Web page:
• BAU (the bark of a dog in Italian)
  • MIAO (the cat noise)
  • Cucú!
  • Tuuu-Tuuuu (train noise)
  • NNNNNoooooooooo!
  • A-ta-tá (to call his friend Antoine)
  • TA-TA (to call his nanny Tamou)
  • MMMHWA! (To blow kisses)
  • A-bu-bu (?)
  • Wroom wroom (make the car noise)
  • Peeh Peeh (to imitate the car horn)
  • AAAM! (to imitate a lion eating)
  • Imitates the rocket ascending in the sky

Friday, October 28, 2005

Which one really are you?

The other day in a rare moment of calm, a pensive Milo looked at me with a profound look and said:

"Mamma….Mama….Mamán ?", pronouncing them perfectly in Italian, Dutch and French.

It was evident that at that moment he was really aware of the three different ways of pronouncing my name, and it was as if he was questioning me whether they really meant the same thing…

Wednesday, October 26, 2005

Modern hyperpolyglots

Ever wondered what's the maximum number of languages that an individual can learn and speak? Here's what I found about it:

  • Cardinal Giuseppe Mezzofanti (1774-1849), head of the Vatican library, has been known to speak fluently 78 languages and dialects
  • Ziad Fazah is the contemporary man who speaks the most languages: he is a Lebanese living in Brazil and speaks 56 languages!

According to Wikipedia, an individual who can speak 6 or more languages is known as a hyperpolyglot! I know at least two of these amazing individuals:

Jan is a 27 years old Flemish manager who seamlessly converses in English, Dutch, German as well as Spanish, Italian and French.

His linguistic odyssey started at age 7 when his parents moved to Spain for professional reasons. Signed up at the local French School, he suddenly had to grasp not one but two foreign languages at the same time. Despite the initial struggles, when he left the country 4 years later, he was fluent in both French and Spanish. His parents had kept on speaking Dutch at home, so coming back to Belgium did not pose too many problems verbally; however, he had some catching up to do in terms of writing skills.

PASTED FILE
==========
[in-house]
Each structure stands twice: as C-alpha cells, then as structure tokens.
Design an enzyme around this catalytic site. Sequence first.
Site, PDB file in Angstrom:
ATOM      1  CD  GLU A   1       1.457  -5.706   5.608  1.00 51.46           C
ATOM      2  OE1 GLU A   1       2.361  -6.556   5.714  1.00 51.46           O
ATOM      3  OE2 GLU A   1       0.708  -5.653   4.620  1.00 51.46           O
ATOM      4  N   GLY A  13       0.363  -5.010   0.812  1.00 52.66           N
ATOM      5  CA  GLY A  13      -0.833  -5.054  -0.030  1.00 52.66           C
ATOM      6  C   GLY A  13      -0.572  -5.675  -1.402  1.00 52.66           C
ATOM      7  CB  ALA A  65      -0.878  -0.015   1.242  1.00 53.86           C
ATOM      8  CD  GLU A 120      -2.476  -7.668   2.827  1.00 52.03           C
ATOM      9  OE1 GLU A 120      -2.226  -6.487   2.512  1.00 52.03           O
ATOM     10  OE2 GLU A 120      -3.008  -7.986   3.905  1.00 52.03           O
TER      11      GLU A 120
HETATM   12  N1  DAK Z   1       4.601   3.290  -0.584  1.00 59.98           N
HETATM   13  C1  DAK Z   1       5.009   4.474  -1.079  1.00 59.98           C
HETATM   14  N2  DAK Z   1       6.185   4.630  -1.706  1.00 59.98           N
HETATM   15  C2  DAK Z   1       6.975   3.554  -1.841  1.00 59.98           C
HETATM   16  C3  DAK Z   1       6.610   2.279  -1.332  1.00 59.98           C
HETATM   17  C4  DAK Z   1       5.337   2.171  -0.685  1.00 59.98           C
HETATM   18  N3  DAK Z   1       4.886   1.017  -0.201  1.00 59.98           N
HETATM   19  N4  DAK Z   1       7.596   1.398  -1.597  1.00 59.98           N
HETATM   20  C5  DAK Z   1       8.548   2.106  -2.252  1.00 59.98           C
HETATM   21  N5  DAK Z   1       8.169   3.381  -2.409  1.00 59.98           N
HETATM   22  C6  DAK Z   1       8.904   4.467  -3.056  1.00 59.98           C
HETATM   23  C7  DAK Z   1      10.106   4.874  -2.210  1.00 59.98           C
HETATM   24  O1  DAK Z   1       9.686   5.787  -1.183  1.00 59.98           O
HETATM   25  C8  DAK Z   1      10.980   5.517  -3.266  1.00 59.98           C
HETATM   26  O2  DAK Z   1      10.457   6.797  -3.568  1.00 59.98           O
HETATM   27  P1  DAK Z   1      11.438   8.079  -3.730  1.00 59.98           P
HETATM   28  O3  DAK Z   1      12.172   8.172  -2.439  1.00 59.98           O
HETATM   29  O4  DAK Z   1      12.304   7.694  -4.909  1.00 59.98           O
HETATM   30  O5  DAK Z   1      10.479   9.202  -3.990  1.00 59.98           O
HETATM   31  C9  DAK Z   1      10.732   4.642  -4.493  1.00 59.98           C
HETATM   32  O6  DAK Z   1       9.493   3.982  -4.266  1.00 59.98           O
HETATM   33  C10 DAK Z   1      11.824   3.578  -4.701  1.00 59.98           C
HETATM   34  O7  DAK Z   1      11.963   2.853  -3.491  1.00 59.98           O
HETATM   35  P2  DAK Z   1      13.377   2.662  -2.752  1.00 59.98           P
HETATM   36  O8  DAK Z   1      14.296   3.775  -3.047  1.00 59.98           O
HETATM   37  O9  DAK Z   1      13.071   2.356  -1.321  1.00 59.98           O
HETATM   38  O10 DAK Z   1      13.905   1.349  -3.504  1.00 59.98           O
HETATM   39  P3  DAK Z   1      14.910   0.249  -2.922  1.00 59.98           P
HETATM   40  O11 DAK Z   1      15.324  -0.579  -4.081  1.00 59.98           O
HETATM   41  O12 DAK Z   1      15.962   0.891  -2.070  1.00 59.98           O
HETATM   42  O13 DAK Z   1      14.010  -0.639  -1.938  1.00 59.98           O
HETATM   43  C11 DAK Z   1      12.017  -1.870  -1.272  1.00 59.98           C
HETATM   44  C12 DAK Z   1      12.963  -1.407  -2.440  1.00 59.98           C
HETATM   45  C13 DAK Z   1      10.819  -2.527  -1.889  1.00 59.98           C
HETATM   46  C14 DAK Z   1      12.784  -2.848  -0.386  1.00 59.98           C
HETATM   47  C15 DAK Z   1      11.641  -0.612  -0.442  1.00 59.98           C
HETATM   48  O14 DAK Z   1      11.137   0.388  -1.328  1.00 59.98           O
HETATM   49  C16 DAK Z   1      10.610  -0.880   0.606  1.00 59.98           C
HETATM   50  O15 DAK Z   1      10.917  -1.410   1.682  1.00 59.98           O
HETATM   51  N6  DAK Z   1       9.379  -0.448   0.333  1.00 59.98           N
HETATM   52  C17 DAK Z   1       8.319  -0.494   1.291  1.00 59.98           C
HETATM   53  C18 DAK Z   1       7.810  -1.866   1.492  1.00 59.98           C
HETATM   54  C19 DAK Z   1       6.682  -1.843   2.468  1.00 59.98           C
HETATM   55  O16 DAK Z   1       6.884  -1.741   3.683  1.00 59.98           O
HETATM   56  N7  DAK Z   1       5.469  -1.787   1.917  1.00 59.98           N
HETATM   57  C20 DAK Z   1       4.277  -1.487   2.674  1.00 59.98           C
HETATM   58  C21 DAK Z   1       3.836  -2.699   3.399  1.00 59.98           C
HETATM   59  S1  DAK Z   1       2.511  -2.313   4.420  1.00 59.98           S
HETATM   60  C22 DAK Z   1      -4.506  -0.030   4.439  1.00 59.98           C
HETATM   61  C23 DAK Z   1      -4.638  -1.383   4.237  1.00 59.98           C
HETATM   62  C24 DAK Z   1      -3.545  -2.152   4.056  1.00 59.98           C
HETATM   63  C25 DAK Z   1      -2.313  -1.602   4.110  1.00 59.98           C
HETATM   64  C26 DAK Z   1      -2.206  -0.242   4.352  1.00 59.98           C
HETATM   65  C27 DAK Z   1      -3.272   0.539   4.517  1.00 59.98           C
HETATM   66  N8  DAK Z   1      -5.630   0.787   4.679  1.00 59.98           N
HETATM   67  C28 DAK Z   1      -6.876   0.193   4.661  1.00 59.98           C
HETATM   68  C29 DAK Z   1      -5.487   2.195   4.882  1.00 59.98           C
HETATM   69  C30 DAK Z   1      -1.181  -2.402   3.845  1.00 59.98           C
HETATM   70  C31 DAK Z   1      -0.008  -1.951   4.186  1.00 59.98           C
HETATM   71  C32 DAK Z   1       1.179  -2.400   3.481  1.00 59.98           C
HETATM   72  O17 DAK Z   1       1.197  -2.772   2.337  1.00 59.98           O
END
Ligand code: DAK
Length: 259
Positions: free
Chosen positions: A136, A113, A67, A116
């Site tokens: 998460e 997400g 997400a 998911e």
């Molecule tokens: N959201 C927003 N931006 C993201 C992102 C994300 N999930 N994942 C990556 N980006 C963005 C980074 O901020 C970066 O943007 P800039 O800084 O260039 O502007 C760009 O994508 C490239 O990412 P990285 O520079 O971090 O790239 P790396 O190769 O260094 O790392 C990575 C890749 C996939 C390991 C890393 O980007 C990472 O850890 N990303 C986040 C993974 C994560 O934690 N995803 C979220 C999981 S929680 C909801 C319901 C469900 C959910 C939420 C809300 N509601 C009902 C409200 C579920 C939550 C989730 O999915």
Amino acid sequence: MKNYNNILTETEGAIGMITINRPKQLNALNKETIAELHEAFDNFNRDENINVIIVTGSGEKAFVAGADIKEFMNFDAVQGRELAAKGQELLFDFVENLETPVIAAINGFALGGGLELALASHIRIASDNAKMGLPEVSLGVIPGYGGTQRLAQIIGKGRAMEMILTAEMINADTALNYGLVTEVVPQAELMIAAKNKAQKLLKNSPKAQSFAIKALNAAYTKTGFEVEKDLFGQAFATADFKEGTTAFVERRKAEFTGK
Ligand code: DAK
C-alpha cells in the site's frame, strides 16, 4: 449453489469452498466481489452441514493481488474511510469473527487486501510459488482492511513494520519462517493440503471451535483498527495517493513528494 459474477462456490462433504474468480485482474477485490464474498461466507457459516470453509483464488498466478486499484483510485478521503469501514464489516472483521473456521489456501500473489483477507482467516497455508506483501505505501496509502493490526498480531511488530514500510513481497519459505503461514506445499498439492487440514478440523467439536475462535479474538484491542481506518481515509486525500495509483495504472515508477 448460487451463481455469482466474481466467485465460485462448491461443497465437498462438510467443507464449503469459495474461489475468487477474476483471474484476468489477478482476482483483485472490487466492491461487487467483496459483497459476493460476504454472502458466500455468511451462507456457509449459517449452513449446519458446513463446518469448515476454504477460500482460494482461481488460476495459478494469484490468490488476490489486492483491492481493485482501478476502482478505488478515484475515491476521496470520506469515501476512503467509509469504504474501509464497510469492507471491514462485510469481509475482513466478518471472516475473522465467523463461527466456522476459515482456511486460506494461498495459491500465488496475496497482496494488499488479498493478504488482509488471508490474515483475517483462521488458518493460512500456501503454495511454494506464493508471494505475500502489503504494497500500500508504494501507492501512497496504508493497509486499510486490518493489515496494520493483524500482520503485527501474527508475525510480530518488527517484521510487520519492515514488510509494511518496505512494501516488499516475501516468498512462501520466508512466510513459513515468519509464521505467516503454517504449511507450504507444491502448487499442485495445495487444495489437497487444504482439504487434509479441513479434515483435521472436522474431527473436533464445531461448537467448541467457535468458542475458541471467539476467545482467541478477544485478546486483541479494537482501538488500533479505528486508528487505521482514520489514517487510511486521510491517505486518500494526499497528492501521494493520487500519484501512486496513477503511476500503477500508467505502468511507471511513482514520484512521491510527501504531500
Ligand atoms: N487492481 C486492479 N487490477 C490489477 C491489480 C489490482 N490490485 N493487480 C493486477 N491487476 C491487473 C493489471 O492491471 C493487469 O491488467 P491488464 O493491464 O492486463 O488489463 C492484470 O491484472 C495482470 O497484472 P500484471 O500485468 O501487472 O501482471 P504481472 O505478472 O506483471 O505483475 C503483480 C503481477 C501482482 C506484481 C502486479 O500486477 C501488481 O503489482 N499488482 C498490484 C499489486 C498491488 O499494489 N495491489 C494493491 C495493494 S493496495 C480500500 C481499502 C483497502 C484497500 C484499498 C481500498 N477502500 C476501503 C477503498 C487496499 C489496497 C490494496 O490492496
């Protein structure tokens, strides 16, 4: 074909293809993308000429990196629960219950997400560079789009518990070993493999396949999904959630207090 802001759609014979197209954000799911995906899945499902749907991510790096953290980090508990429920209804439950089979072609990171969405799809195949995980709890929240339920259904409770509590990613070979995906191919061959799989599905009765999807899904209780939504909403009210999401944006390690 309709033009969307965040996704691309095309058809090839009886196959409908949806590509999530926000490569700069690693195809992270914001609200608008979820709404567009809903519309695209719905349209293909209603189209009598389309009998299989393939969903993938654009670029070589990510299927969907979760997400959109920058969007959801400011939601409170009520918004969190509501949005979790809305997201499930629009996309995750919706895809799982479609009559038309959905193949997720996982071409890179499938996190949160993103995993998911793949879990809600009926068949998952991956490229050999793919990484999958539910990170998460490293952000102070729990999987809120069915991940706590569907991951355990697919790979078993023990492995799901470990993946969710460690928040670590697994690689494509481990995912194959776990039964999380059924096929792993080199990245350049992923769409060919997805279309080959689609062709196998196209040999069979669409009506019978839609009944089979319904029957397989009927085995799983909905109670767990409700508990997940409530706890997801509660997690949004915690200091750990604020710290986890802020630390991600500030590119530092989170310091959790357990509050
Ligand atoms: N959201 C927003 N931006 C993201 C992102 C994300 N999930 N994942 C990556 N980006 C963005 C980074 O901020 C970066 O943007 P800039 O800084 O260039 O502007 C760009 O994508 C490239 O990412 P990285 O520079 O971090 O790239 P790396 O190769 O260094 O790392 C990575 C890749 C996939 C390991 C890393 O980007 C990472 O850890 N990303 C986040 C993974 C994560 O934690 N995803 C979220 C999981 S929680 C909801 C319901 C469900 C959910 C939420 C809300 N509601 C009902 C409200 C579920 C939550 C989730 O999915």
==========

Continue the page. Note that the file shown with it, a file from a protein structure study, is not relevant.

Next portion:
He continued studying French; by the age of 13 he began English classes and by the age of 16 he was also studying German, which he learned quite well motivated by a German girlfriend ("The best method ever!" said Jan).

At 22 while pursuing his university studies he signed up for the Erasmus program and spent 6 months in Siena, Italy. His strong bases in Spanish and French accelerated his command of the language. Trips to the US and the UK also gave him the chance to strenghten his English skills.

He feels very good about his ability to switch from one language to another, both in his personal and professional life. Leaning languages increased his openness to people, cultures and other values, said Jan. It also dissolved any fear of "change" and increased his capability to adapt to any environment. On the other hand, he feels that quantity goes to the detriment of quality: in other words, he feels that sometimes, when fatigued, he finds himself mixing up languages or not finding the right words.

Another wonder of multilingualism is Alain, a French man who discovered at 24 an extraordinary ability to learn languages; today he is fluent in six. The fascinating thing about Alain is that, despite having lived in different countries all is life, he has been in a mostly francophone environment until the age of 8; and yet, French does not feel like the primary language to him, today.

Alain grew up in Picardy until the age of six. His father was in the military and was then transferred to Chad, in Africa, where Alain attended the French school until the age of 8. The family then moved to Baden-Baden, Germany. Here he lived until the age of 16 on the military base, which was a French island in a German environment. He learned German in school, but with great difficulty, having to start from scratch while the other kids lived with at least one German-speaking parent. German has been, therefore, his first foreign language. soon after, he also began studying English.